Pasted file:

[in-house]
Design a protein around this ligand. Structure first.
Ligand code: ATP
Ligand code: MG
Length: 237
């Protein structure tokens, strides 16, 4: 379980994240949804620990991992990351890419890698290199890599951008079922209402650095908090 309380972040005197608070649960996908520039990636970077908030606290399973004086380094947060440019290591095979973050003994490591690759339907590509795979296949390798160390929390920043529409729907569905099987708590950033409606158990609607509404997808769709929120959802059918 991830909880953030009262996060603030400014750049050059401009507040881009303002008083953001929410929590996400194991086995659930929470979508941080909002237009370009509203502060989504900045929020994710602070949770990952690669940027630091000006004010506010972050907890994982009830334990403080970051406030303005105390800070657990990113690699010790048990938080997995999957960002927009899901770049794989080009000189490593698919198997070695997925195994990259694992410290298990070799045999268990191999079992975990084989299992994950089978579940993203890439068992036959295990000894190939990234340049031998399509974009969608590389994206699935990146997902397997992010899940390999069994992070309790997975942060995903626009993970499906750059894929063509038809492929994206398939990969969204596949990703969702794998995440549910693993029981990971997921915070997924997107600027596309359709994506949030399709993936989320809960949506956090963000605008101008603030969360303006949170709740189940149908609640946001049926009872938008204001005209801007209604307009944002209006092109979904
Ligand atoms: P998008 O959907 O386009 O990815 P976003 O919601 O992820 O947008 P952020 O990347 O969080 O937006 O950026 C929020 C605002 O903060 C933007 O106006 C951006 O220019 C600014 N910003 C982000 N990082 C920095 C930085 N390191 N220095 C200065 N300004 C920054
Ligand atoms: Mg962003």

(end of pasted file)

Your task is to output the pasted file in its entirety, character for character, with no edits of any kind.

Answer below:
[in-house]
Design a protein around this ligand. Structure first.
Ligand code: ATP
Ligand code: MG
Length: 237
């Protein structure tokens, strides 16, 4: 379980994240949804620990991992990351890419890698290199890599951008079922209402650095908090 309380972040005197608070649960996908520039990636970077908030606290399973004086380094947060440019290591095979973050003994490591690759339907590509795979296949390798160390929390920043529409729907569905099987708590950033409606158990609607509404997808769709929120959802059918 991830909880953030009262996060603030400014750049050059401009507040881009303002008083953001929410929590996400194991086995659930929470979508941080909002237009370009509203502060989504900045929020994710602070949770990952690669940027630091000006004010506010972050907890994982009830334990403080970051406030303005105390800070657990990113690699010790048990938080997995999957960002927009899901770049794989080009000189490593698919198997070695997925195994990259694992410290298990070799045999268990191999079992975990084989299992994950089978579940993203890439068992036959295990000894190939990234340049031998399509974009969608590389994206699935990146997902397997992010899940390999069994992070309790997975942060995903626009993970499906750059894929063509038809492929994206398939990969969204596949990703969702794998995440549910693993029981990971997921915070997924997107600027596309359709994506949030399709993936989320809960949506956090963000605008101008603030969360303006949170709740189940149908609640946001049926009872938008204001005209801007209604307009944002209006092109979904
Ligand atoms: P998008 O959907 O386009 O990815 P976003 O919601 O992820 O947008 P952020 O990347 O969080 O937006 O950026 C929020 C605002 O903060 C933007 O106006 C951006 O220019 C600014 N910003 C982000 N990082 C920095 C930085 N390191 N220095 C200065 N300004 C920054
Ligand atoms: Mg962003």